I could go on saying how much Janette changed my working life. I would encourage anybody who has a company, who feels they could have staff that are struggling, to make contact with her. You will not only have more productive members of staff but confident ones too. Likewise, if you are a 'me', it doesn't matter what your age, it’s never too late to start the ball rolling to a better working life.
It’s the best thing I ever did!
If you would like more information about how we might be able to help you or a member of your team please do contact us. You can do this either via Facebook or by using the contact form.
What employers can do to help their dyslexic employees.
Dyslexia is a ‘hidden disability’ and due to a lack of awareness it is widely believed to simply affect an individual’s ability to read & write. As the result of this, many adults who are experiencing challenges with their tasks within the workplace may not necessarily consider it could dyslexia that is causing them to struggle. Added to this, the stigma and prejudice which is also associated with dyslexia, many of these individuals may be reluctant to seek help as they are fearful that this may have negative outcomes. Commonly these individuals have concerns about how they are perceived by others, how this may affect their credibility and the potential wider and long term impact on their career.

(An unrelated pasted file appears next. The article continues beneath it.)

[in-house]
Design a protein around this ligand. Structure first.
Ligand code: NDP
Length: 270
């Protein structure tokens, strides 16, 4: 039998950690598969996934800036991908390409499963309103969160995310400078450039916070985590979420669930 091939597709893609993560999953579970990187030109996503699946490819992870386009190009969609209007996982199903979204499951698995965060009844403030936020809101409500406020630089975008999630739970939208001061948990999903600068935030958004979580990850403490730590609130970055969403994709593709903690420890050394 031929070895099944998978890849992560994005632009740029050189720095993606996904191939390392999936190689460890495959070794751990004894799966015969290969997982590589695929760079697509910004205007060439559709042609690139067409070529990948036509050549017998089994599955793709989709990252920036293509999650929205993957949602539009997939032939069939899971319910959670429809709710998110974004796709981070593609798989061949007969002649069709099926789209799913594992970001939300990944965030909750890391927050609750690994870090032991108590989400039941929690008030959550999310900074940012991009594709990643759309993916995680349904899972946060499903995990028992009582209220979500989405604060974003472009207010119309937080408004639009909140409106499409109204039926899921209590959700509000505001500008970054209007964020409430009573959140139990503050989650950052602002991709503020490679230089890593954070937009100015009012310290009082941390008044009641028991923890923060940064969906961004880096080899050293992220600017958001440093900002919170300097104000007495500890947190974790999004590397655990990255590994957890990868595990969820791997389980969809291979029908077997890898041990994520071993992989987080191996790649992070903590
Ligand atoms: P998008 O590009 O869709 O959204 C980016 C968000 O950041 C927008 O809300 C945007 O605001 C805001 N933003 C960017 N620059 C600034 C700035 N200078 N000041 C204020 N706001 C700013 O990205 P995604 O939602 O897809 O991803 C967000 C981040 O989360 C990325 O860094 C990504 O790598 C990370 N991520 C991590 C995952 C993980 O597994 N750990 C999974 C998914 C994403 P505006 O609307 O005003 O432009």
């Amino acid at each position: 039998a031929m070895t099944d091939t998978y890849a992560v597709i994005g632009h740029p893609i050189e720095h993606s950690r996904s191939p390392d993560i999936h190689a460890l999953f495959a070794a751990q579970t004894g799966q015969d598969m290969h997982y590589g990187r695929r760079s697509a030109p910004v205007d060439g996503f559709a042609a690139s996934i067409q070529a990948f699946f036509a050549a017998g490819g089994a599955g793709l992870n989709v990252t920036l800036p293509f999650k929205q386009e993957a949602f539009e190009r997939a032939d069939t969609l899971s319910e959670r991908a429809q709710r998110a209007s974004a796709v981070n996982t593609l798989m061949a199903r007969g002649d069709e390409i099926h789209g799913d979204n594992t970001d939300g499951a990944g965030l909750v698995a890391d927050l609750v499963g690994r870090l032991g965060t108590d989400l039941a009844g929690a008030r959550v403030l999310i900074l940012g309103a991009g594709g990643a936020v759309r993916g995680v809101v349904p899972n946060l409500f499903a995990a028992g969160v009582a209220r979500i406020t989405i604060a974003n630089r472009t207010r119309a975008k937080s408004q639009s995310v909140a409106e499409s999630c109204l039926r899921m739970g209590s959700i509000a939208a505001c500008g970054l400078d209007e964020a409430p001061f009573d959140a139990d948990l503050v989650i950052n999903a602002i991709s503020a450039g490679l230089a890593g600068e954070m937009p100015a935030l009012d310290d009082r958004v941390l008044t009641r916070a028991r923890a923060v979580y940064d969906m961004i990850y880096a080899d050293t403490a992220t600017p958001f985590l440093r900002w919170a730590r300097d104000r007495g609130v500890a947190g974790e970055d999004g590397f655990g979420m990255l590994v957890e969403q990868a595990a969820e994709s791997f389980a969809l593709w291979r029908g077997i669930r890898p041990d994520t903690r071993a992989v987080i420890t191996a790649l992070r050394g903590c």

The types of challenges the dyslexic individual experiences in the workplace will vary dependent upon their own unique challenges, their role and the environment they work in. However, some of the more common challenges include; time management, organisation, planning, structuring written communication and presenting information. If these challenges are affecting their ability to meet targets and the quality of their work is not up to a desired standard, line managers who have no understanding of dyslexia (and the associated neuro-divergent ‘conditions’) are likely to see this as a performance issue and may erroneously initiate a formal performance management procedure rather than signpost the individual towards a source of information and screening. Therefore it is imperative line managers and HR personnel have an awareness of what dyslexia actually is so they can appropriately support all employees. Also it can be invaluable to have Accredited Dyslexia Champions within the organisation as these knowledgeable, impartial colleagues can answer questions and signpost individuals and/or their managers towards the organisation's recognised process of support.
This post contains an excerpt from the recently published research paper:
Open Journal of Social Sciences
Vol.05 No.06(2017), Article ID:76910,23 pages
Workplace Dyslexia & Specific Learning Difficulties―Productivity, Engagement and Well-Being
An Oxfordshire-based engineer has developed an exciting new software application which saves time and simplifies a set of tasks which plumbers can often find challenging and time consuming.
Rich Cartwright, who studied Marine Engineering at Plymouth University, realised there was a ‘need’ for an effective tool for this type of work because he was being approached by countless plumbers asking him to carry out these tasks on their behalf.